This photo may be the sole remaining artifact of one of my first original designs. I made it 37 years ago for the Loon and Heron Children’s Theater in Boston as part of a college internship. It (or he, since I have retroactively named him William H. Maizey) was an ear of corn designed to be worn by a small adult. I did not plan for him to be limited to a size small, I just hadn’t realized how much the quilting on the husk (pants) would shorten them.
The husk, which was the pants and one arm, was machine quilted in vertical lines to simulate the texture of a corn husk. They were two layers of cloth (a polyester knit of some kind if I remember correctly) with a layer of batting between. The ear of corn (top with one armhole cut out on the right) was a woven fabric (probably poly again – it was an inexpensive build) quilted in squares with a peephole in his forehead covered in some gauzy material. That had a foam core underneath it to provide the shape and, incidentally, to make it insanely hot to wear. There was velcro around both the armhole and the part of the husk designed as an arm to hold them together.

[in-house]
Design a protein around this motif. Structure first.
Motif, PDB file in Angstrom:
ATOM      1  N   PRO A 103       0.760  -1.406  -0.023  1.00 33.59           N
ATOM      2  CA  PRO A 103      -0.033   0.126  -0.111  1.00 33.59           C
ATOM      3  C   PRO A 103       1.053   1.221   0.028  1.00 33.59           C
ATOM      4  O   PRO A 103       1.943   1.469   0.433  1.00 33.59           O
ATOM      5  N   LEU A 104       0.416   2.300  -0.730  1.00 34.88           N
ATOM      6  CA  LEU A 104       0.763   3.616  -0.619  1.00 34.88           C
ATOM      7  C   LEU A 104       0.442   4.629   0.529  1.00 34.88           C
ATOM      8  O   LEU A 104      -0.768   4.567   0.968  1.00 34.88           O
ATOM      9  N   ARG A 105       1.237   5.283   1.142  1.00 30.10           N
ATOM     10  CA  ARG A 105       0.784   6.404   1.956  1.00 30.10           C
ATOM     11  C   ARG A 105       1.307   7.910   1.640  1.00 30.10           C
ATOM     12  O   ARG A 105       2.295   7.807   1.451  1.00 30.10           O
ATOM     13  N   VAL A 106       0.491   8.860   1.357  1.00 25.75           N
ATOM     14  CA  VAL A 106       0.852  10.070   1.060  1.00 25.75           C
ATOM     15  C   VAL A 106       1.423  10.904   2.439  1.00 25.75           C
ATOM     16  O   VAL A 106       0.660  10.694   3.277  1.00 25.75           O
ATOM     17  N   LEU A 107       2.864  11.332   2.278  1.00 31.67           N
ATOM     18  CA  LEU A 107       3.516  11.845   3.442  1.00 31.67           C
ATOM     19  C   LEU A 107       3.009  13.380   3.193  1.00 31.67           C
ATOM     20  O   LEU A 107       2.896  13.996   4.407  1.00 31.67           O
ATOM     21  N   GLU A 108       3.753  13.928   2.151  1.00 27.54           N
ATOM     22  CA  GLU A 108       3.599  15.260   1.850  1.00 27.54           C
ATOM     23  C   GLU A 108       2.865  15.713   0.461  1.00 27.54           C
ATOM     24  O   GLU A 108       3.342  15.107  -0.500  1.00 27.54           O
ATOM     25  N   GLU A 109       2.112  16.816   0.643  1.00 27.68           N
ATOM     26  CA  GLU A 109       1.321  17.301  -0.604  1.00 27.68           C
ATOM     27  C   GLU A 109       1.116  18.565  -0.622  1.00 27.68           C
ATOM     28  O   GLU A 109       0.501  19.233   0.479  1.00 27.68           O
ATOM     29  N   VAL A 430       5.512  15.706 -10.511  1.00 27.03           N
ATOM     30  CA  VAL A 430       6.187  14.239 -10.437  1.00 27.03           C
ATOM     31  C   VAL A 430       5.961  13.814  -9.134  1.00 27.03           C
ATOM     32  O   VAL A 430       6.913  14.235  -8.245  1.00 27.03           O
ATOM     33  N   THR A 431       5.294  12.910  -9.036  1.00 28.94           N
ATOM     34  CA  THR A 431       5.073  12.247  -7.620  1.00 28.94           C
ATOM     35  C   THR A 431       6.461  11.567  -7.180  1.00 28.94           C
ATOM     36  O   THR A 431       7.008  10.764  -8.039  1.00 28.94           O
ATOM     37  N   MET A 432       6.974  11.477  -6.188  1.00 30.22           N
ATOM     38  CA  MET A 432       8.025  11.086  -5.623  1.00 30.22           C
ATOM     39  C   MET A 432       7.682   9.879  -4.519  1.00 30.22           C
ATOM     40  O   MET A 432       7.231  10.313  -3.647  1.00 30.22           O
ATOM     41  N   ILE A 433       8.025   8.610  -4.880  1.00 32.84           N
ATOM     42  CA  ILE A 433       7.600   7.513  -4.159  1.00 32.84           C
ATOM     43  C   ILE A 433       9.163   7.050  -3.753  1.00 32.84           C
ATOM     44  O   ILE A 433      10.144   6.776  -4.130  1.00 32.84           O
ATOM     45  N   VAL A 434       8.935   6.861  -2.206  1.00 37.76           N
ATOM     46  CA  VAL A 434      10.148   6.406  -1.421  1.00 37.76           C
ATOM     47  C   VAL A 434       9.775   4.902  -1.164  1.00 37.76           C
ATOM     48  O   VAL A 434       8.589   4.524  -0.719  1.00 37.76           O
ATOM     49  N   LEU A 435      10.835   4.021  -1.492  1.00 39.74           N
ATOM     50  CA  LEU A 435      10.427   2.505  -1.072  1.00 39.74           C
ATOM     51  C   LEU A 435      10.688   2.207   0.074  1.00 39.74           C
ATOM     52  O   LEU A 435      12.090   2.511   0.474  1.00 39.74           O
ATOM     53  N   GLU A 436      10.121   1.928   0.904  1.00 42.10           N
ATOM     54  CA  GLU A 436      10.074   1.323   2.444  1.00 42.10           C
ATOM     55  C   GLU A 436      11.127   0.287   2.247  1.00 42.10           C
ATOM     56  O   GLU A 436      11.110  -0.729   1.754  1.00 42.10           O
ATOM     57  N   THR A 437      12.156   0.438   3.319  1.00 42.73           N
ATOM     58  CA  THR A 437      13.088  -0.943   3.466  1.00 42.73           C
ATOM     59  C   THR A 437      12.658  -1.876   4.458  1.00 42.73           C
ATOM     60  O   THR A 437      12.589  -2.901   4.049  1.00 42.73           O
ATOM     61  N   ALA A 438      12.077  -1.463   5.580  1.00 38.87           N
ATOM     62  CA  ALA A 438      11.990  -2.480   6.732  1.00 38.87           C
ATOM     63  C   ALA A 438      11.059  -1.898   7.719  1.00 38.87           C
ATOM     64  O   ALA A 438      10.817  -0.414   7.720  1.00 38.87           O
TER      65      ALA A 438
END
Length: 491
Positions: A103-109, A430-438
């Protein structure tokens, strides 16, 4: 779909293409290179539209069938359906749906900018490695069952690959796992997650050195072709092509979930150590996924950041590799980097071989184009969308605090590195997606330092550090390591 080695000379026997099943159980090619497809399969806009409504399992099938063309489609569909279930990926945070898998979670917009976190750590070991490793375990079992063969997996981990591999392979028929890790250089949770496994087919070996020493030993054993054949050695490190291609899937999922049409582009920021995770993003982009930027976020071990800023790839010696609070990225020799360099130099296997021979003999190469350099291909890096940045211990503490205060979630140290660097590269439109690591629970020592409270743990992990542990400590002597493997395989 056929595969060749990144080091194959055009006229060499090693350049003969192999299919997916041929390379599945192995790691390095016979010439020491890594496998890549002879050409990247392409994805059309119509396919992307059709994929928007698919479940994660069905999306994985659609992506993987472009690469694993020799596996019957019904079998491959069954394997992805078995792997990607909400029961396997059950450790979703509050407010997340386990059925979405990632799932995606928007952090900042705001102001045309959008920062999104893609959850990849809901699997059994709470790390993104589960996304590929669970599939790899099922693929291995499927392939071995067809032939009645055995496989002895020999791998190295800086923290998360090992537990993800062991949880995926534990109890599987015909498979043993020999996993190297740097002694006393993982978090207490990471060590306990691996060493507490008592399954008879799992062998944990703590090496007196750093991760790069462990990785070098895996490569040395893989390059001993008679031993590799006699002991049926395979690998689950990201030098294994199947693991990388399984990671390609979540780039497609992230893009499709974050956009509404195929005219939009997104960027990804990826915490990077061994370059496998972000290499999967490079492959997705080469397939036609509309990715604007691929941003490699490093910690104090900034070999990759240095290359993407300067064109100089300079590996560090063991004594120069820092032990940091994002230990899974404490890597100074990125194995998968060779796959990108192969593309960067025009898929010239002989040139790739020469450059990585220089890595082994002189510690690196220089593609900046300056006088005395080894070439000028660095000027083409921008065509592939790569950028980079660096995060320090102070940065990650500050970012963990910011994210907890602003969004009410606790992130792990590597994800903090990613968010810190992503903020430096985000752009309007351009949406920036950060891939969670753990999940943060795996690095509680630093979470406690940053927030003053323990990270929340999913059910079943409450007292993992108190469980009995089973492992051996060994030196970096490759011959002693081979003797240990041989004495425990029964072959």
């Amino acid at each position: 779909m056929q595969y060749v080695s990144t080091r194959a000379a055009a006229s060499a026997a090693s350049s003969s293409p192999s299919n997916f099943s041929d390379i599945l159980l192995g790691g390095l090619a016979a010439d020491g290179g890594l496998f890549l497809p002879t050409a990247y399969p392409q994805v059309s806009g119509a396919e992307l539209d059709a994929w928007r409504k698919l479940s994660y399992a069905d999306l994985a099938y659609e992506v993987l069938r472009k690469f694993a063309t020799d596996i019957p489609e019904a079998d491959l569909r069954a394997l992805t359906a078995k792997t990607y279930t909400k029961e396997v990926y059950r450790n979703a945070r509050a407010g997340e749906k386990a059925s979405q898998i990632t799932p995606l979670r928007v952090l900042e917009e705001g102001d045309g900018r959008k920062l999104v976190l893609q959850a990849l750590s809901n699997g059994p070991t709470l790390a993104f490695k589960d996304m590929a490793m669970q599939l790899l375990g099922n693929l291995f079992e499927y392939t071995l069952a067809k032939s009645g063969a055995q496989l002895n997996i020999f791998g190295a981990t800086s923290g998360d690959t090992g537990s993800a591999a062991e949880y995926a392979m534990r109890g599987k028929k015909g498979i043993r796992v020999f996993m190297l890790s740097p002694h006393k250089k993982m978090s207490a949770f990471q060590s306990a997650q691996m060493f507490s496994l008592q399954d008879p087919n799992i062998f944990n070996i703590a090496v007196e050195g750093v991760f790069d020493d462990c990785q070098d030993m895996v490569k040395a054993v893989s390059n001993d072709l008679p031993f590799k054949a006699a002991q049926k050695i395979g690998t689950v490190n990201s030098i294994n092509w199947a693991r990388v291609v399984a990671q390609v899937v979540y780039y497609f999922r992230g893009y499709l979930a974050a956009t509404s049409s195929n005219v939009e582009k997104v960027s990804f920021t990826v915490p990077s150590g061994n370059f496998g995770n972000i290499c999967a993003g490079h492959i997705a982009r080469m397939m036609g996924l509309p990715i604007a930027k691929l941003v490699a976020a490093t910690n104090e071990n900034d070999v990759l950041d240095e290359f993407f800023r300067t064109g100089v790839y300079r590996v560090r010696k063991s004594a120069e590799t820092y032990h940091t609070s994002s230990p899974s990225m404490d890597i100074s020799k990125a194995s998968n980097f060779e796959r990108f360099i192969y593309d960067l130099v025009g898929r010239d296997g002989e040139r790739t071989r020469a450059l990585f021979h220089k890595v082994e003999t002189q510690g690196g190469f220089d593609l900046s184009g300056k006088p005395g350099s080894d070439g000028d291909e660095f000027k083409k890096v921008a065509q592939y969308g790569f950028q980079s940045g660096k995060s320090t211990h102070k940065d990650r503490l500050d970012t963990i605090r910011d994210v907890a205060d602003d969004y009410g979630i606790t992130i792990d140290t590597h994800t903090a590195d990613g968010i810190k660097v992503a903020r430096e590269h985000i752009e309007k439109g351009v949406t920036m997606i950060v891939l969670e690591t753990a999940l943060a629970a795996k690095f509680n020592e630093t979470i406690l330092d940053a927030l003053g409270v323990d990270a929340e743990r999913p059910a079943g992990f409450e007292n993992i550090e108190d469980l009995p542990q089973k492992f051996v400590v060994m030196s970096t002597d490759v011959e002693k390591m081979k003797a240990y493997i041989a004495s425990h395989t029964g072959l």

As far as I know, this was used exactly once, at a food festival in Faneuil Hall Marketplace for which it was made. It was joined by a broccoli costume, also made for the event, and the two volunteers wandered around looking vegetal and carrying signs advertising the theater group. I hadn’t had time (ah, the joys of underestimating workload) to give it a proper face before the event, so its actual debut had a set of eyes and a mouth cut out of felt and sewn on to the front of the face. I returned a few months later to add the inset mouth and the nose and eyes you see here. I then propped him up on a chair overlooking Mass Ave and the Berklee School of Music, and took this portrait. He remained with the Loon and Heron and I have no idea what, if anything, happened to him after that, but I like to imagine him wandering the world bringing smiles wherever he goes.